Nic Cage plays Benjamin Gates, a historian who's spent the better part of his life looking for a treasure that many people tell him doesn't exist.  The treasure was supposedly left by the Founding Fathers of the United States, but he's never been able to get close...

Is it a declaration of independence.... or a declaration of love...?

...until a set of circumstances has him and his buddy Riley in possession of a hostage, played by Diane Kruger, but also the original Declaration of Independence, stolen from its D.C. home.  They also find themselves being chased by the FBI and Harvey Keitel, but also a former friend turned foe Ian (Sean Bean), who wants to find the treasure for himself and his own greedy team.

To properly enjoy this movie, you have to take "disbelief" and not only suspend it, but put it through the paper shredder--and not a standard one, I mean one that does cross cutting and will tear up CDs and credit cards--take the shreds and spread them all over the back yard.   Because when you see the liberty bell in Philadelphia, that might be the only thing about this movie that is believable.  However, this movie is completely fun, funny and has a great story behind it. 

The film follows one clue after another, incorporating our countries monuments and locales into the story line itself, wrapping them up with a plot involving what our Founding Fathers could have meant by what they wrote and said. 

I will say, though, that while "National Treasure" struck gold, "National Treasure 2: Book of Secrets" tried the same thing and, in my own humble opinion, laid a dud egg. 


Good morning.

In less than an hour, aircraft from here will join others from around the world, and you will be launching the largest aerial battle in the history of mankind.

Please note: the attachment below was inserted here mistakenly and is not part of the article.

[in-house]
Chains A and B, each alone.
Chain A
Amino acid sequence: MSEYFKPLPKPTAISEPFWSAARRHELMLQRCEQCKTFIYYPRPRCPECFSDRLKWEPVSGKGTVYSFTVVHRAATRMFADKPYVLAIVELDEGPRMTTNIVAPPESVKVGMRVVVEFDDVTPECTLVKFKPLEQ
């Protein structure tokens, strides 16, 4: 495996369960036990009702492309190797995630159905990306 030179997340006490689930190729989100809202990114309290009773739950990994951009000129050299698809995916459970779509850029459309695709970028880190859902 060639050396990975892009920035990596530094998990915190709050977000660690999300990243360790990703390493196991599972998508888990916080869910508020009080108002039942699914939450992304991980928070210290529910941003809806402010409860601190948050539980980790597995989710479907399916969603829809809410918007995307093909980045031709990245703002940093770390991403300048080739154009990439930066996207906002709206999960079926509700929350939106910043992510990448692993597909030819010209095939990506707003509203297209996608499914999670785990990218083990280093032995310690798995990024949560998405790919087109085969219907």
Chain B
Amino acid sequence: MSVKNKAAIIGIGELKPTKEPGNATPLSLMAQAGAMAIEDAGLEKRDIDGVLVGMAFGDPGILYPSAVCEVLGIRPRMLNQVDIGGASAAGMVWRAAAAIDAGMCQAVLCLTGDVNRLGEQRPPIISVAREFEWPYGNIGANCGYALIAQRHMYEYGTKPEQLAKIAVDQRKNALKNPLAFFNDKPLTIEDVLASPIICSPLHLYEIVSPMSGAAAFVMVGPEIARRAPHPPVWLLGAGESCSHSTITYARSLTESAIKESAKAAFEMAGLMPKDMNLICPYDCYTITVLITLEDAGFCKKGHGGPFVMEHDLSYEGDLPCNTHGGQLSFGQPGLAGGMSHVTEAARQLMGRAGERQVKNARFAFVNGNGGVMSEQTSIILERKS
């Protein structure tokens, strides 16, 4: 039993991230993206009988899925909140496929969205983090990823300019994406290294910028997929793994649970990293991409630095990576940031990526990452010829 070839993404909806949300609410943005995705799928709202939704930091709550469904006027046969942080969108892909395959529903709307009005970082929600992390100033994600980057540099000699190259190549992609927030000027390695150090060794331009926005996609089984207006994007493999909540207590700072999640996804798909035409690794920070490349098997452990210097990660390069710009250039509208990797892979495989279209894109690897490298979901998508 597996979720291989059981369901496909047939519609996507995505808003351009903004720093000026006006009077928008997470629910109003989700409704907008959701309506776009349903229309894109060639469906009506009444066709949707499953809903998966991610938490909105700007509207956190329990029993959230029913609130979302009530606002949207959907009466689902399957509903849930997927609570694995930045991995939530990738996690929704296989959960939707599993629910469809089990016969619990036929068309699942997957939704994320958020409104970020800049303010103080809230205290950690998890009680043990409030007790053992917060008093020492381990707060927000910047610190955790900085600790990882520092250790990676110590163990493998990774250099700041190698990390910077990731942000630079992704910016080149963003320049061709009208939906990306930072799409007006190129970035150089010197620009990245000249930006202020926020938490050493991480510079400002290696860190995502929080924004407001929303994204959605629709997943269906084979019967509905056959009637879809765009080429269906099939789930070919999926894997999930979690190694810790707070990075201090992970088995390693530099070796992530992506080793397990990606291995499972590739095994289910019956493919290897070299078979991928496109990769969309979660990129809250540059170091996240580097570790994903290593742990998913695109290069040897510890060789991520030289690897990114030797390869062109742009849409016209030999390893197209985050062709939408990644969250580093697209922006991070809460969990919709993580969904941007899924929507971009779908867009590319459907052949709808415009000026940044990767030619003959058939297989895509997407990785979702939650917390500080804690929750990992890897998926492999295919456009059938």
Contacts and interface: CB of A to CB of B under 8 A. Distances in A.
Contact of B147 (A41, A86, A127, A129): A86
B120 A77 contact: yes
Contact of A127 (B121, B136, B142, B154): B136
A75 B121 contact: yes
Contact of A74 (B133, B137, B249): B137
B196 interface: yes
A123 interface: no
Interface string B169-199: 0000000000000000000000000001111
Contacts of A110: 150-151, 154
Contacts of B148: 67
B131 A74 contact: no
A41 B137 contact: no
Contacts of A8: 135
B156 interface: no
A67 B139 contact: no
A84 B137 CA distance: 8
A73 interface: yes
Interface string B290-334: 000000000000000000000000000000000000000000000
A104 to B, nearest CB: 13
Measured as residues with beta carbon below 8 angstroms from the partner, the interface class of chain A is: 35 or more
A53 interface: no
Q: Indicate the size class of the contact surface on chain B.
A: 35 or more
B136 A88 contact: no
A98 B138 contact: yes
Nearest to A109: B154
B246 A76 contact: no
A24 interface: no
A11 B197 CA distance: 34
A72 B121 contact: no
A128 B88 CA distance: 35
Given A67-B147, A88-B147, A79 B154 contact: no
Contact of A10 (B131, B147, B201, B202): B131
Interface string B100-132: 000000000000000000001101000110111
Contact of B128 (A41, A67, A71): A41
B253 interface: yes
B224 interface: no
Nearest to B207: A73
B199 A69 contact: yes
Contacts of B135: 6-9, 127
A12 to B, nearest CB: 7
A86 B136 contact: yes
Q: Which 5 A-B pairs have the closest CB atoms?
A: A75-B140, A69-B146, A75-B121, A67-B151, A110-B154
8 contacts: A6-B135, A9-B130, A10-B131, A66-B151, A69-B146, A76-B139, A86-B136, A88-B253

Mankind. That word should have new meaning for all of us today. We can't be consumed by our petty differences anymore. We will be united in our common interests.

Perhaps it's fate that today is the Fourth of July, and you will once again be fighting for our freedom. Not from tyranny, oppression, or persecution… but from annihilation. We're fighting for our right to live. To exist.

And should we win the day, the Fourth of July will no longer be known as an American holiday, but as the day when the world declared in one voice:

We will not go quietly into the night!

We will not vanish without a fight!

We're going to live on!

We're going to survive!

Today we celebrate our Independence Day!

Dude.  I frakkin' love this movie.  U-S-A!  U-S-A! 

Okay, so I cheated.  Unlike the other movies on this list, its not a theatrical release, and actually, its not even a movie... its a mini-series.

Paul Giamatti was lauded deservedly as Adams.  Another amazing
performance is that of Tom Wilkinson, who plays Benjamin Franklin
in a humorous, yet likable light.  Wilkinson also portrayed the
jerkface Cornwallis in "The Patriot", also a revolutionary war movie,
and number 7 on this list.
But its the best mini-series I've ever seen in my whole life.  Paul Giamatti stars as the title character, with Laura Linney (told you I dug her) as his beloved Abigail, and the seven part mini-series chronicles Adams' life from his mid-30s, and right around the time of the Boston Massacre, taking you through the disputes and disagreements of declaring independence from Britain, tours of Europe to ask for money and help during the revolution, the end of the war itself, his battles with George Washington and Thomas Jefferson alike, and finally, the end of his life.

Its based on the book by David McCollough, and it does deviate from the book a bit, thus deviating from facts, its still a riveting story from start to finish... even the slow parts are great, and even eye opening, like how much resistance there actually was to independence--so many states just wanted to keep the status quo, and some even enjoyed the British rule. 

I highly recommend you rent it or buy it, and spend some time on it.  You'll get a better appreciation for who we are and how hard it was to get where we are now.

So there ya go... your top ten Americana Patriotic Fuzzy Wuzzy Movies.  As its a few days past this year's Independence Day, perhaps this list will come in handy next year...

The Summer of Blogging Day Thirty One